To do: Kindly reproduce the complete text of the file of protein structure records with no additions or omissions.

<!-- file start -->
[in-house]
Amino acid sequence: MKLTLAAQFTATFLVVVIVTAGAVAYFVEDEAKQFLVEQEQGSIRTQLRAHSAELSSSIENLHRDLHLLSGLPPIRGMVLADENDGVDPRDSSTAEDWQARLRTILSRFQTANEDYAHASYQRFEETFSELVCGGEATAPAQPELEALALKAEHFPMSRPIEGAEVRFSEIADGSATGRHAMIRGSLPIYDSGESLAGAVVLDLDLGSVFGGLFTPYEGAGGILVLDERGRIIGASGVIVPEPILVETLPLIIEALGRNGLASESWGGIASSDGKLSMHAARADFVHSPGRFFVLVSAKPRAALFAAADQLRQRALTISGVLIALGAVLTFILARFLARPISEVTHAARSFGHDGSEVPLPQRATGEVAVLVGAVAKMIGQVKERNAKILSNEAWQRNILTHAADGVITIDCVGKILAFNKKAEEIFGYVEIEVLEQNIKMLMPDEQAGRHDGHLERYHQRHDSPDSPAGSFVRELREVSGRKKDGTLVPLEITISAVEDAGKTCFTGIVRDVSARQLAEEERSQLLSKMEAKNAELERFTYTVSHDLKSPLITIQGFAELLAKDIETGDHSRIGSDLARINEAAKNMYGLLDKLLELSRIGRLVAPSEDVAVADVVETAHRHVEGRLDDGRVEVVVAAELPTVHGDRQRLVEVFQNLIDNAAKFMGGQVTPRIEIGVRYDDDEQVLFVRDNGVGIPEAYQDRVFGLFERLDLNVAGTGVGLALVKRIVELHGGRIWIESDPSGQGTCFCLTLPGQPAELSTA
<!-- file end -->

[in-house]
Amino acid sequence: MKLTLAAQFTATFLVVVIVTAGAVAYFVEDEAKQFLVEQEQGSIRTQLRAHSAELSSSIENLHRDLHLLSGLPPIRGMVLADENDGVDPRDSSTAEDWQARLRTILSRFQTANEDYAHASYQRFEETFSELVCGGEATAPAQPELEALALKAEHFPMSRPIEGAEVRFSEIADGSATGRHAMIRGSLPIYDSGESLAGAVVLDLDLGSVFGGLFTPYEGAGGILVLDERGRIIGASGVIVPEPILVETLPLIIEALGRNGLASESWGGIASSDGKLSMHAARADFVHSPGRFFVLVSAKPRAALFAAADQLRQRALTISGVLIALGAVLTFILARFLARPISEVTHAARSFGHDGSEVPLPQRATGEVAVLVGAVAKMIGQVKERNAKILSNEAWQRNILTHAADGVITIDCVGKILAFNKKAEEIFGYVEIEVLEQNIKMLMPDEQAGRHDGHLERYHQRHDSPDSPAGSFVRELREVSGRKKDGTLVPLEITISAVEDAGKTCFTGIVRDVSARQLAEEERSQLLSKMEAKNAELERFTYTVSHDLKSPLITIQGFAELLAKDIETGDHSRIGSDLARINEAAKNMYGLLDKLLELSRIGRLVAPSEDVAVADVVETAHRHVEGRLDDGRVEVVVAAELPTVHGDRQRLVEVFQNLIDNAAKFMGGQVTPRIEIGVRYDDDEQVLFVRDNGVGIPEAYQDRVFGLFERLDLNVAGTGVGLALVKRIVELHGGRIWIESDPSGQGTCFCLTLPGQPAELSTA